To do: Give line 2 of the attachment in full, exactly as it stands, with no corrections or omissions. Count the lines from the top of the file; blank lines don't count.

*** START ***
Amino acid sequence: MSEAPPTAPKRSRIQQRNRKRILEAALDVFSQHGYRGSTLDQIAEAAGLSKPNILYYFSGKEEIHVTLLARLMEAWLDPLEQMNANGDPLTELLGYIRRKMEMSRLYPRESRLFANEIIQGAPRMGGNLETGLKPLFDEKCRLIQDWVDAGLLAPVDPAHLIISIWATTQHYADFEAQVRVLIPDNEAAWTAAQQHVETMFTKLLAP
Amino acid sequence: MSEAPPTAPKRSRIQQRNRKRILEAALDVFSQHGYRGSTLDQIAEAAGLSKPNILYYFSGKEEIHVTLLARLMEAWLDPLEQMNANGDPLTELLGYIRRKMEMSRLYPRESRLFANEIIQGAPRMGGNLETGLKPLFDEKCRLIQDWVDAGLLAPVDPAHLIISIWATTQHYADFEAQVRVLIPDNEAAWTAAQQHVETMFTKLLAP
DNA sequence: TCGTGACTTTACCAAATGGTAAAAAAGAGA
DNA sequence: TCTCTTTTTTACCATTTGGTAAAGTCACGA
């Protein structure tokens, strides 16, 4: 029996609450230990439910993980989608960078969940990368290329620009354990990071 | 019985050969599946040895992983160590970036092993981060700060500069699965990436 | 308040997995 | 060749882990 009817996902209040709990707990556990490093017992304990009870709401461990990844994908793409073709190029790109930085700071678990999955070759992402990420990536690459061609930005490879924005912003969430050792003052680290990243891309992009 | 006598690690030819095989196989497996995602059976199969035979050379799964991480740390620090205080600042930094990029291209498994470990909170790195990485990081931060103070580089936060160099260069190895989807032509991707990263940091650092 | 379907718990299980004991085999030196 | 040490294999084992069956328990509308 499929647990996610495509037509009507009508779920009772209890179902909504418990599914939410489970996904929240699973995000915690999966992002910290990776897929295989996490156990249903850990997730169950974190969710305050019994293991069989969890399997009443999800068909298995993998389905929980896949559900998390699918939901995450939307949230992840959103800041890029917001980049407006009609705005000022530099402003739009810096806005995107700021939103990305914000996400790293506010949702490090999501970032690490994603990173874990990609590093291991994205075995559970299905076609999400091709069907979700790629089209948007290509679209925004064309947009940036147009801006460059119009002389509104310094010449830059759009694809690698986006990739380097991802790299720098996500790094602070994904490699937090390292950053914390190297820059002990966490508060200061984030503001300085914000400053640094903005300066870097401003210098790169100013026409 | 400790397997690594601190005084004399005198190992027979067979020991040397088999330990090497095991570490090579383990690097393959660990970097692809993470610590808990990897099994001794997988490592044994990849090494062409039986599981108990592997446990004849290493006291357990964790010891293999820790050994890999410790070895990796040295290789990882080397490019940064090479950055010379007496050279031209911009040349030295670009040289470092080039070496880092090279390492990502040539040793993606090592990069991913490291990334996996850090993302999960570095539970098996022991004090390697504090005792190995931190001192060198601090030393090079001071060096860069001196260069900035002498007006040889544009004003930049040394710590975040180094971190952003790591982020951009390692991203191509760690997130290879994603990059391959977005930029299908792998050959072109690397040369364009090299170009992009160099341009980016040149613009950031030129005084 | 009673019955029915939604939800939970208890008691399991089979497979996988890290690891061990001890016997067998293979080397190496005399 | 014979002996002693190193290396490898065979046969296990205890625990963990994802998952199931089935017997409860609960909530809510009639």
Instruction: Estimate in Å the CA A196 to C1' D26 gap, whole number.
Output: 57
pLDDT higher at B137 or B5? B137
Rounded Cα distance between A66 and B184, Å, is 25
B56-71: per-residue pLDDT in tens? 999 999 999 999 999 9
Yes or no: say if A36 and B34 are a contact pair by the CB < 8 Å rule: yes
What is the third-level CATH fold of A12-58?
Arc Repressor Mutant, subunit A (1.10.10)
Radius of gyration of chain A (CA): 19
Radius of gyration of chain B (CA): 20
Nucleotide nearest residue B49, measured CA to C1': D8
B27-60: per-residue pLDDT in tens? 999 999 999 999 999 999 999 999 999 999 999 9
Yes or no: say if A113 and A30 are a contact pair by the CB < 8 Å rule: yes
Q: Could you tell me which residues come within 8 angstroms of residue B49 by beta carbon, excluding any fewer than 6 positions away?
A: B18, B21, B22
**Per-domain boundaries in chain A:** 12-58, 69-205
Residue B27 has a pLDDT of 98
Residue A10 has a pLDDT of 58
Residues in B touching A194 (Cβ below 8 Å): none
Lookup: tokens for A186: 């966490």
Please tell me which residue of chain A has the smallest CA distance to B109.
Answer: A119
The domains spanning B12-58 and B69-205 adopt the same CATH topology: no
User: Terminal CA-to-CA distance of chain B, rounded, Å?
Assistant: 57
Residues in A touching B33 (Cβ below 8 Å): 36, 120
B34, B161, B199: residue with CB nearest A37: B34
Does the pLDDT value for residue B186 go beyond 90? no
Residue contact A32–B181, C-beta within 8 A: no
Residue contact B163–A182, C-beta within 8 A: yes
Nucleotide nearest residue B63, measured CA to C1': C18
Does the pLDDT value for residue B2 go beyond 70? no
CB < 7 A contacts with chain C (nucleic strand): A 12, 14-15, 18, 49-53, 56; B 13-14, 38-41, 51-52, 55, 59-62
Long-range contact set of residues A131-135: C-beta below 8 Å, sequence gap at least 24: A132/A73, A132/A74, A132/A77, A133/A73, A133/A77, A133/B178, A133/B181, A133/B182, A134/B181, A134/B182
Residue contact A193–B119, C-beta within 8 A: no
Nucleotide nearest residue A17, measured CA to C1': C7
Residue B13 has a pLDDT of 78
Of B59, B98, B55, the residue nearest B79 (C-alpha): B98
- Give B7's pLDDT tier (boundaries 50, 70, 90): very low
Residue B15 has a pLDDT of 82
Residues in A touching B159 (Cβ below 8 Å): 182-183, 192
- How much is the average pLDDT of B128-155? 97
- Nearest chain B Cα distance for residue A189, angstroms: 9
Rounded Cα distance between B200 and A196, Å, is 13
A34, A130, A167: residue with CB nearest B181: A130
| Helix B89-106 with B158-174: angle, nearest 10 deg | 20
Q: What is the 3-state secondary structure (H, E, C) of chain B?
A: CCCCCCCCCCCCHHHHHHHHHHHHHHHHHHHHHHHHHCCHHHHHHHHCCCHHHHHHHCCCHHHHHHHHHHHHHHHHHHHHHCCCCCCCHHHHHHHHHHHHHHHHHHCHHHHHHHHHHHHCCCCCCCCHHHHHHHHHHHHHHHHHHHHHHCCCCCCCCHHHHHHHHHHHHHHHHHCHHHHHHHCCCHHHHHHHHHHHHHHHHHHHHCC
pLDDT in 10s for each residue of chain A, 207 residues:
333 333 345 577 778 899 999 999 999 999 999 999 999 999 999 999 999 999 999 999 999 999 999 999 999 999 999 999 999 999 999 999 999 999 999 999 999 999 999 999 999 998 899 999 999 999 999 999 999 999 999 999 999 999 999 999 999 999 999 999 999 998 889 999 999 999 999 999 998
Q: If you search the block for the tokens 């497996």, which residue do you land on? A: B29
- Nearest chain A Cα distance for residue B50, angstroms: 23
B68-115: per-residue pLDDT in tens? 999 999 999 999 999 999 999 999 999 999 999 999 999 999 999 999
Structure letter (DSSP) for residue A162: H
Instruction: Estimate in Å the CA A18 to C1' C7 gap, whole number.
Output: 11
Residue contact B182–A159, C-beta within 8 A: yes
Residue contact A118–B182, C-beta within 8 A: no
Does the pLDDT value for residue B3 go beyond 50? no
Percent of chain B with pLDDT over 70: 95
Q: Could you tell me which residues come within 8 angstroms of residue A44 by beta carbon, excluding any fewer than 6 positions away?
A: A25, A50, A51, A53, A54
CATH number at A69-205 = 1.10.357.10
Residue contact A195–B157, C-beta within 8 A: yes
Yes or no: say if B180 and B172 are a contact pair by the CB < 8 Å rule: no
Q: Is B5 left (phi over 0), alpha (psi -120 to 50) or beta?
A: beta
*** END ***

Amino acid sequence: MSEAPPTAPKRSRIQQRNRKRILEAALDVFSQHGYRGSTLDQIAEAAGLSKPNILYYFSGKEEIHVTLLARLMEAWLDPLEQMNANGDPLTELLGYIRRKMEMSRLYPRESRLFANEIIQGAPRMGGNLETGLKPLFDEKCRLIQDWVDAGLLAPVDPAHLIISIWATTQHYADFEAQVRVLIPDNEAAWTAAQQHVETMFTKLLAP